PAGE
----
women water project

Indigenous & tribal populations

A letter from our Partners, The Ceibo Alliance, Ecuador


December 17, 2015 by Ceibo Alliance

We have always lived in the rainforest. Our memory begins here. Our languages were born here. Now, there are few of us who remember how our lives were before the arrival of the oil companies, the African palm plantations, the roads, the cities, and the colonist invaders. Now, there are few of us left who speak our own languages. Those of us who speak A’ingae, Paaikoka, and Waotededo realize that our children are forgetting many of the words our ancestors knew. When people stop speaking their original language it’s very sad— the people begin to forget where they come from. When you don’t know where you come from you don’t know where you are going.

The forest is what sustains our cultures, our lives. One could say that each time big industry destroys parts of our forest, or poisons our rivers, and each time that outsiders take our land, that they are destroying our lives, they are severing our roots, they are taking away our possibility of living as we have always wanted to live: like true people of the forest— healthy and happy.

We are writing you in the name of the Ceibo Alliance, our organization, made up of members of the four ancestral nationalities of this rainforest. We are the A’i (many call us Cofán), the Siekopaai (many call us Secoya), the Siobai (many call us the Siona), and Waorani. We have written this letter together to share our dream with you, because it is a big dream and we think it’s important to share it with the good people of the world that wish to support us, even from afar.

We carry our history— our people’s lives, struggles, and suffering— in our blood. Our history goes back a long way. Many people think that it all began with the arrival of the Spanish (in the government schoolbooks they’re called “the conquerors”). But that’s not true. No one “discovered” us. We were here in the forest long before the outsiders arrived to rob us, and enslave us; our homes were here, and that’s why we struggled against the invaders for centuries, and we continue to struggle against ongoing invasion. We are still here in our forest despite everything: that is, despite all the pain and suffering and everything we have lost. We remain with the will to enjoy life and fight against the things that we don’t agree with.

For us, to fight is to live, because if we don’t fight, if we remain idle, the lives of our forest and our people will be taken. Outsiders only view our territories for the natural resources that will earn money. It’s that simple.

We believe that we can’t wage this fight alone. One who walks alone will not go very far. This is why we have formed this alliance we call Ceibo, to be in solidarity with our companions of different indigenous nationalities working together to improve our lives.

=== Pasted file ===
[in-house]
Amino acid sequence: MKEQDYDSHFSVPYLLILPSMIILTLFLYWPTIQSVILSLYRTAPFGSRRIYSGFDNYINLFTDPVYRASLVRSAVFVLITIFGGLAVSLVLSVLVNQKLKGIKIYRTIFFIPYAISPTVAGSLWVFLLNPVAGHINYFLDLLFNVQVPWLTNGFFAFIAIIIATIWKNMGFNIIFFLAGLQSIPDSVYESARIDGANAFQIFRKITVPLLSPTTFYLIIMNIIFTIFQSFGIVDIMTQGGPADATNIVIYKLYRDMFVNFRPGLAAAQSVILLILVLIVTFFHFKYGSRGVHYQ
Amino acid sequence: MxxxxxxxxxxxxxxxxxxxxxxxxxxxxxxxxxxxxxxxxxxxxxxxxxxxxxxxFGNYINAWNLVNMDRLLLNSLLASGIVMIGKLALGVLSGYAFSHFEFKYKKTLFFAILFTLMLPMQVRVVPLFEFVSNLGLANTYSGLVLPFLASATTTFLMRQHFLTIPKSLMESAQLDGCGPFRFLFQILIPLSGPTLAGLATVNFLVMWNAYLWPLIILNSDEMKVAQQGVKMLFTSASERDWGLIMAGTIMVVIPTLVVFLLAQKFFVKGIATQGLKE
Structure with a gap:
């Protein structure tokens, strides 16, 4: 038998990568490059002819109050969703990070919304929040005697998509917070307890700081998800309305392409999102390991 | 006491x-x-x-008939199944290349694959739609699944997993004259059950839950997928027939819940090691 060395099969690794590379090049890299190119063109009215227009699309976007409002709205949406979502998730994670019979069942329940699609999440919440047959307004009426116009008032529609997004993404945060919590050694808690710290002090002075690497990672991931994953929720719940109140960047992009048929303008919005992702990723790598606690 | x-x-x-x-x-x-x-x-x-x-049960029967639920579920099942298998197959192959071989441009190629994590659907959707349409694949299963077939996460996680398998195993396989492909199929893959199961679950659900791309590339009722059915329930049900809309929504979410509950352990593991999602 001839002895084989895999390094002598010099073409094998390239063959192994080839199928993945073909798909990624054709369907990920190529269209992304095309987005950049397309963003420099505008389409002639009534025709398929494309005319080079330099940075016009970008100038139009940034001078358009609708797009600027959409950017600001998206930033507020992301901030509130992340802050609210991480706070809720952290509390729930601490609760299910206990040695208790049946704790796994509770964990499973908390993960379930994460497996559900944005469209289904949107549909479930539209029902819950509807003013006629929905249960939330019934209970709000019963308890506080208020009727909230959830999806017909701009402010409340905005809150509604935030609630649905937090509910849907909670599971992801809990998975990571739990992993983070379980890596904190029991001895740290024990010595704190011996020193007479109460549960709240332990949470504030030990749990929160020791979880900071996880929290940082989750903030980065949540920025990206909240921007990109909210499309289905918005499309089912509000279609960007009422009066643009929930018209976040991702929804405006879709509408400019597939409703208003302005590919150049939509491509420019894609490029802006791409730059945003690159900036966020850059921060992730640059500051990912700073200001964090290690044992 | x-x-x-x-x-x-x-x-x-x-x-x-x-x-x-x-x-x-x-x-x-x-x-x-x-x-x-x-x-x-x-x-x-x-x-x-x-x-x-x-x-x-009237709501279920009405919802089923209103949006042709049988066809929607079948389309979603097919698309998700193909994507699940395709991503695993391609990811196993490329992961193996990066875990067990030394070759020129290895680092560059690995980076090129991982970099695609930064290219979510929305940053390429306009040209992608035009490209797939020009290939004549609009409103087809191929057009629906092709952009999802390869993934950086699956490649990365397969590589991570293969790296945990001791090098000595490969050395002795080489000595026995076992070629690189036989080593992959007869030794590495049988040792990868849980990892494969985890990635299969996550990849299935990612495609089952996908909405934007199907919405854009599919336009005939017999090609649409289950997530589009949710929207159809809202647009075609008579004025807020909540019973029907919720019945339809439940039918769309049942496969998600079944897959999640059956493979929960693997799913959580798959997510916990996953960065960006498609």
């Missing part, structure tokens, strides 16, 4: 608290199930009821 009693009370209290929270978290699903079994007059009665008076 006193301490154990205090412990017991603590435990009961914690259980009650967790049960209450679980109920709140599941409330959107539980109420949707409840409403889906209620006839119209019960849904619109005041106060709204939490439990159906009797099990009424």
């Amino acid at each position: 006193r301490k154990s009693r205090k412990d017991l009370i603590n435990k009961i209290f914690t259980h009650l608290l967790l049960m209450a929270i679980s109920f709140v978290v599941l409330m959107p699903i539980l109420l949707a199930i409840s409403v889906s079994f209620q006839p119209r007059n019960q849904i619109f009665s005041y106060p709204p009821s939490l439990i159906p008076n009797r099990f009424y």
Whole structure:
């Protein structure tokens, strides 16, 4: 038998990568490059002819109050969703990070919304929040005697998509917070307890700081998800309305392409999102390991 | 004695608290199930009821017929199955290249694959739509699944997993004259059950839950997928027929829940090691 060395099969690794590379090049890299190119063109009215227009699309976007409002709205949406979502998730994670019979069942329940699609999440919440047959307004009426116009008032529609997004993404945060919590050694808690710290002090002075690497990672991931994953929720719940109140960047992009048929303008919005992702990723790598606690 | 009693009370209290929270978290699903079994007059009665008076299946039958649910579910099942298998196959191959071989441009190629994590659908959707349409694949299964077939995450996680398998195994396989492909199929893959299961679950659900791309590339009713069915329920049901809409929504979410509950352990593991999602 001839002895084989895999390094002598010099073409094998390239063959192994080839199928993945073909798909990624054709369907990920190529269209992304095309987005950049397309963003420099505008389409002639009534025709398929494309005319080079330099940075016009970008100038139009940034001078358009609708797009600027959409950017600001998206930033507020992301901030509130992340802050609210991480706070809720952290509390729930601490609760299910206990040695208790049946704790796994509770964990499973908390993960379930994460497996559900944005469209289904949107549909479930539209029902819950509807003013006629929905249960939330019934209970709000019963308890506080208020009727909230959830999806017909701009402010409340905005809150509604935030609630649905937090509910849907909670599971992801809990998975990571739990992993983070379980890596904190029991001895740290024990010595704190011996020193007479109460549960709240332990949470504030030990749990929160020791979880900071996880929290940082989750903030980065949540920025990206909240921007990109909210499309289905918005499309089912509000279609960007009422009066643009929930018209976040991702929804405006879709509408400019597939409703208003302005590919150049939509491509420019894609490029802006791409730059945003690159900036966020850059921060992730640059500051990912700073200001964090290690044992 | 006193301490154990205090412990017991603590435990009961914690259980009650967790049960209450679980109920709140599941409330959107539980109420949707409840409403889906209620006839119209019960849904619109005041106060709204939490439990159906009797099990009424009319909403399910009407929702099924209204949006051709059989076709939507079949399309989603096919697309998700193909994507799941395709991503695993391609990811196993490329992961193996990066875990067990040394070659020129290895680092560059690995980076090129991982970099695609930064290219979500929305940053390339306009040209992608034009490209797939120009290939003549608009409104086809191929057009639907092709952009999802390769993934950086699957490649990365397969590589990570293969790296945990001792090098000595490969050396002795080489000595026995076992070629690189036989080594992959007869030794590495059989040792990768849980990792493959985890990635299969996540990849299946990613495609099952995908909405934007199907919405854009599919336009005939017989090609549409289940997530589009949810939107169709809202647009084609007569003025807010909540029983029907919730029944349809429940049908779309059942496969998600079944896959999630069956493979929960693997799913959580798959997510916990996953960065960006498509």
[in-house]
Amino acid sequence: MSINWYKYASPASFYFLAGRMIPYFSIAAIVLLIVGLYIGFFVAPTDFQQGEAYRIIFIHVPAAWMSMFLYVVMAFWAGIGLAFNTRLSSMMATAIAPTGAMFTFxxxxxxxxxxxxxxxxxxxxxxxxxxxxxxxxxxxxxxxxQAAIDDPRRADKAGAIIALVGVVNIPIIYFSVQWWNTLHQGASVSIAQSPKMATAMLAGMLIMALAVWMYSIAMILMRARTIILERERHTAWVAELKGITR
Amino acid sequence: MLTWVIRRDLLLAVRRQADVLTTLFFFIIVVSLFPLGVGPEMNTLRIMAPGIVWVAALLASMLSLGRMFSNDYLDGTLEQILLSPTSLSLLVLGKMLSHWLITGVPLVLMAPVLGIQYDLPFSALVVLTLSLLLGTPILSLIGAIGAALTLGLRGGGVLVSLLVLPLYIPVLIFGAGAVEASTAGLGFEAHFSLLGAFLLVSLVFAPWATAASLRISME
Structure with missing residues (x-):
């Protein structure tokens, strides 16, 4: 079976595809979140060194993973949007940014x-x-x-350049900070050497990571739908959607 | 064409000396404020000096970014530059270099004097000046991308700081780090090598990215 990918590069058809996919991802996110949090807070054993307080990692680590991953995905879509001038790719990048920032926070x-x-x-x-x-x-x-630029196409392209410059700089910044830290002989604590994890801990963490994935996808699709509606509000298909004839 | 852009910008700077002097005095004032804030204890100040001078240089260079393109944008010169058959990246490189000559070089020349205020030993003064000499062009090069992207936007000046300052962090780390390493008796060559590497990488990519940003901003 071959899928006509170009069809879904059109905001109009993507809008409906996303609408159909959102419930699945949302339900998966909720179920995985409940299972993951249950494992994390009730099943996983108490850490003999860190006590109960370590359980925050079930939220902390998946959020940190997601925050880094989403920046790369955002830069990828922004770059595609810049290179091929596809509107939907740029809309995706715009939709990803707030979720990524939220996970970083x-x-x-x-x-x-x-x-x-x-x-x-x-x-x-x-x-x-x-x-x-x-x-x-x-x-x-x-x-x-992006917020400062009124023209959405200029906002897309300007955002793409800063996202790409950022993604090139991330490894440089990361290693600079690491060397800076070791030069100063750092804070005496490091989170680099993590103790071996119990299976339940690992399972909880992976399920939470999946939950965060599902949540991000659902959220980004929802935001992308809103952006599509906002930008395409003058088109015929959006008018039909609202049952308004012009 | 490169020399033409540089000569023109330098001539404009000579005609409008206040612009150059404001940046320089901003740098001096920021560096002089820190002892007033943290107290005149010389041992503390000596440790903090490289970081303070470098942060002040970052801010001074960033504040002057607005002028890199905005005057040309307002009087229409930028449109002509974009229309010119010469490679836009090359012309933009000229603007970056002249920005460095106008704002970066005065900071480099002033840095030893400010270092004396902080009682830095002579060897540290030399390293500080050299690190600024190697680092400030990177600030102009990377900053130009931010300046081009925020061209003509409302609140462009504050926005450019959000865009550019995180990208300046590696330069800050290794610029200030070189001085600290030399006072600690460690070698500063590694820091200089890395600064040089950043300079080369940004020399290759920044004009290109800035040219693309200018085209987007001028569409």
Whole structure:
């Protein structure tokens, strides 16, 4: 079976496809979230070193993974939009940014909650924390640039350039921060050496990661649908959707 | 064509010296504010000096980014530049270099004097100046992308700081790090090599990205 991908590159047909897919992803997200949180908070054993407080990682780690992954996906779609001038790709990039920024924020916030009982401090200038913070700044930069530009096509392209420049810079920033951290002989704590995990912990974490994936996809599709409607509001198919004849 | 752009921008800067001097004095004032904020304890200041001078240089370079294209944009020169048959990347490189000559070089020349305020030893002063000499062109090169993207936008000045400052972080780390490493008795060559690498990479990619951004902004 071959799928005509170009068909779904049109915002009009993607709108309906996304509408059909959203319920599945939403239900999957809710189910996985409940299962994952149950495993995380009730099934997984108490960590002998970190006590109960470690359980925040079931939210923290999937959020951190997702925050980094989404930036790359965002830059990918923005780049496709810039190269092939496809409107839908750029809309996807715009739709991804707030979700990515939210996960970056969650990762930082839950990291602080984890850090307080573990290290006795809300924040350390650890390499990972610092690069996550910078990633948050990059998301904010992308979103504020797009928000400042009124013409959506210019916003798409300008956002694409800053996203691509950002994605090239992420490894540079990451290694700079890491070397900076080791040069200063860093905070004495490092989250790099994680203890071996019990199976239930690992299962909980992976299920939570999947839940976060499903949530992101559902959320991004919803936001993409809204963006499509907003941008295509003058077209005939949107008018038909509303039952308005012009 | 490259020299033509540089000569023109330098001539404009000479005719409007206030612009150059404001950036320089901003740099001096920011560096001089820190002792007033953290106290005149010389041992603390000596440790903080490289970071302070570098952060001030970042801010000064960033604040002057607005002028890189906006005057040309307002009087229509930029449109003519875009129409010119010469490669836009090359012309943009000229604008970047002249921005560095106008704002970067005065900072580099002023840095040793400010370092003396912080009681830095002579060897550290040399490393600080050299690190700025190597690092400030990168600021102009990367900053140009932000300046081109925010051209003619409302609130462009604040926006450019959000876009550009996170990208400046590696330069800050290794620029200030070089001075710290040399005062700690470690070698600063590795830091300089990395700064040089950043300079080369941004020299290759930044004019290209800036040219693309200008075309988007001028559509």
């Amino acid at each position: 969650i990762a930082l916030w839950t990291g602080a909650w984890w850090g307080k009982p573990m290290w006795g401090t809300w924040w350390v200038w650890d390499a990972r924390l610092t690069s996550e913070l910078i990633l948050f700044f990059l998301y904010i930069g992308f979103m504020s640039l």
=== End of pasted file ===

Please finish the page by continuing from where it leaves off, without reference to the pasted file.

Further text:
And we are not just working together with indigenous nationalities. We are also accompanied by a group of friends we call the support team: people who come from afar and know that the world is on a dangerous path. They came to learn about other ways to walk, to live, and together we are building something new, something dignified, something strong, collective. It is our dream— to build a movement to defend our forest and our lives. This is the Ceibo Alliance.

We gave our organization the name Ceibo. The ceibo is the biggest tree in the rainforest that provides shade to all the other trees. The harpy eagle and the bees make their nests there. And the bees pollinate the flowers of the forest.

The jaguar sleeps between the roots of the ceibo. The ceibo produces cotton that we use to make fires and to prepare darts for hunting. The hummingbird uses this cotton to make its nest. When one gets lost in the woods at night, one must sleep within the large roots of the ceibo to protect oneself from the jaguar. The ceibo is sacred to all of us; within it live the spirits of the forest. The ceibo is the tree of life.

We didn’t just simply start this alliance out of the blue. The truth is that we— the A’i, Siekopaai, Siobai, Waorani, and our friends in the support team— have come to know each other by working together building rainwater catchment systems. The Rainforest Fund understands the difficult situation of access of clean water here, as you’ve been supporting us since the beginning of the project! We thank you, and want you to know that we have been working hard so that our communities have clean water. All of us who are writing this letter drink water from these systems every day. We want you to know that our health has improved as a result, and we feel good knowing that the water we drink doesn’t contain heavy metals, pesticides, or bacteria. But clean water hasn’t been the only benefit of this project for us. We have been working together over the last four years and have come to see that we share much of the same reality, the same needs, we face the same threats, and we share the same dreams.